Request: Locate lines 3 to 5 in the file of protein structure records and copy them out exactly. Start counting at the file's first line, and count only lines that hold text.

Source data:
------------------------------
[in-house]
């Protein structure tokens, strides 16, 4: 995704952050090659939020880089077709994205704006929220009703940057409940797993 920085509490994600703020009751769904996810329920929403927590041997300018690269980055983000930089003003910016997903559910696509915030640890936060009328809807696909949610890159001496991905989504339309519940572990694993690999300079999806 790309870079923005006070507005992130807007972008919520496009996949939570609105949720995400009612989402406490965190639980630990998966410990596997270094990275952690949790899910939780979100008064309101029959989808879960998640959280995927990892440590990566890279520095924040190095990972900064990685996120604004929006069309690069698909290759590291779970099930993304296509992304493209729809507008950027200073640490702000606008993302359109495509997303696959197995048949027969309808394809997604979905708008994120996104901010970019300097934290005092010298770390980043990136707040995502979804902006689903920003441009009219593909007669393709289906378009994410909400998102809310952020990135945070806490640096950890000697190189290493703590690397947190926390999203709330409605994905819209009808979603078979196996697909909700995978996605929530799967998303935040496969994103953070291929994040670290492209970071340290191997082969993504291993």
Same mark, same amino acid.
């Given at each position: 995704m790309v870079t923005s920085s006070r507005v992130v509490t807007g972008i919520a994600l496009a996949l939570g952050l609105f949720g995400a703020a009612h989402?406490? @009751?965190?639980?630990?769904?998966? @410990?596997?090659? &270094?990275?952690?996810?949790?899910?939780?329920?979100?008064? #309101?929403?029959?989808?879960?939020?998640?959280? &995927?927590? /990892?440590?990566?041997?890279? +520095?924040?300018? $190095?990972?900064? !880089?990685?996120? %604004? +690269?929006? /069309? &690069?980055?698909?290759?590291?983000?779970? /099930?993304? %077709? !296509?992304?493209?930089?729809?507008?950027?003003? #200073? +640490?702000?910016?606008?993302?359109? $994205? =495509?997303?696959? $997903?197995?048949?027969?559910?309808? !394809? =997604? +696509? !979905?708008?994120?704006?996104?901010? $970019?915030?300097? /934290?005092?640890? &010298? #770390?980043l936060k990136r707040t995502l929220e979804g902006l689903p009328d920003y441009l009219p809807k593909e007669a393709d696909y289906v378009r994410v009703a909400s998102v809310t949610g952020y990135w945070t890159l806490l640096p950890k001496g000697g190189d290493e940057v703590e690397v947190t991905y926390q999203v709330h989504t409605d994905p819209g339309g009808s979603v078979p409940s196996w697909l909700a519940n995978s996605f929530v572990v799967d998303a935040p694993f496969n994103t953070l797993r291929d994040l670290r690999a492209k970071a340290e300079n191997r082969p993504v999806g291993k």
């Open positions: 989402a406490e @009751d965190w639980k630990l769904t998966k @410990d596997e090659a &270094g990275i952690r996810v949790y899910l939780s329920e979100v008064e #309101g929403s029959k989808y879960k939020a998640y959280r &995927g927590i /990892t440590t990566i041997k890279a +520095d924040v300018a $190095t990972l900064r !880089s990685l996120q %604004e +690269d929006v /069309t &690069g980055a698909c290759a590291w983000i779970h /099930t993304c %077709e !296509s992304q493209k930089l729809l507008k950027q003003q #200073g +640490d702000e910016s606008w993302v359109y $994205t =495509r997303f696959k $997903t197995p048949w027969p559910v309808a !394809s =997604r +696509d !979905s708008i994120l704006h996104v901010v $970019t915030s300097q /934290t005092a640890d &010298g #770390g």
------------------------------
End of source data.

Same mark, same amino acid.
């Given at each position: 995704m790309v870079t923005s920085s006070r507005v992130v509490t807007g972008i919520a994600l496009a996949l939570g952050l609105f949720g995400a703020a009612h989402?406490? @009751?965190?639980?630990?769904?998966? @410990?596997?090659? &270094?990275?952690?996810?949790?899910?939780?329920?979100?008064? #309101?929403?029959?989808?879960?939020?998640?959280? &995927?927590? /990892?440590?990566?041997?890279? +520095?924040?300018? $190095?990972?900064? !880089?990685?996120? %604004? +690269?929006? /069309? &690069?980055?698909?290759?590291?983000?779970? /099930?993304? %077709? !296509?992304?493209?930089?729809?507008?950027?003003? #200073? +640490?702000?910016?606008?993302?359109? $994205? =495509?997303?696959? $997903?197995?048949?027969?559910?309808? !394809? =997604? +696509? !979905?708008?994120?704006?996104?901010? $970019?915030?300097? /934290?005092?640890? &010298? #770390?980043l936060k990136r707040t995502l929220e979804g902006l689903p009328d920003y441009l009219p809807k593909e007669a393709d696909y289906v378009r994410v009703a909400s998102v809310t949610g952020y990135w945070t890159l806490l640096p950890k001496g000697g190189d290493e940057v703590e690397v947190t991905y926390q999203v709330h989504t409605d994905p819209g339309g009808s979603v078979p409940s196996w697909l909700a519940n995978s996605f929530v572990v799967d998303a935040p694993f496969n994103t953070l797993r291929d994040l670290r690999a492209k970071a340290e300079n191997r082969p993504v999806g291993k």
């Open positions: 989402a406490e @009751d965190w639980k630990l769904t998966k @410990d596997e090659a &270094g990275i952690r996810v949790y899910l939780s329920e979100v008064e #309101g929403s029959k989808y879960k939020a998640y959280r &995927g927590i /990892t440590t990566i041997k890279a +520095d924040v300018a $190095t990972l900064r !880089s990685l996120q %604004e +690269d929006v /069309t &690069g980055a698909c290759a590291w983000i779970h /099930t993304c %077709e !296509s992304q493209k930089l729809l507008k950027q003003q #200073g +640490d702000e910016s606008w993302v359109y $994205t =495509r997303f696959k $997903t197995p048949w027969p559910v309808a !394809s =997604r +696509d !979905s708008i994120l704006h996104v901010v $970019t915030s300097q /934290t005092a640890d &010298g #770390g």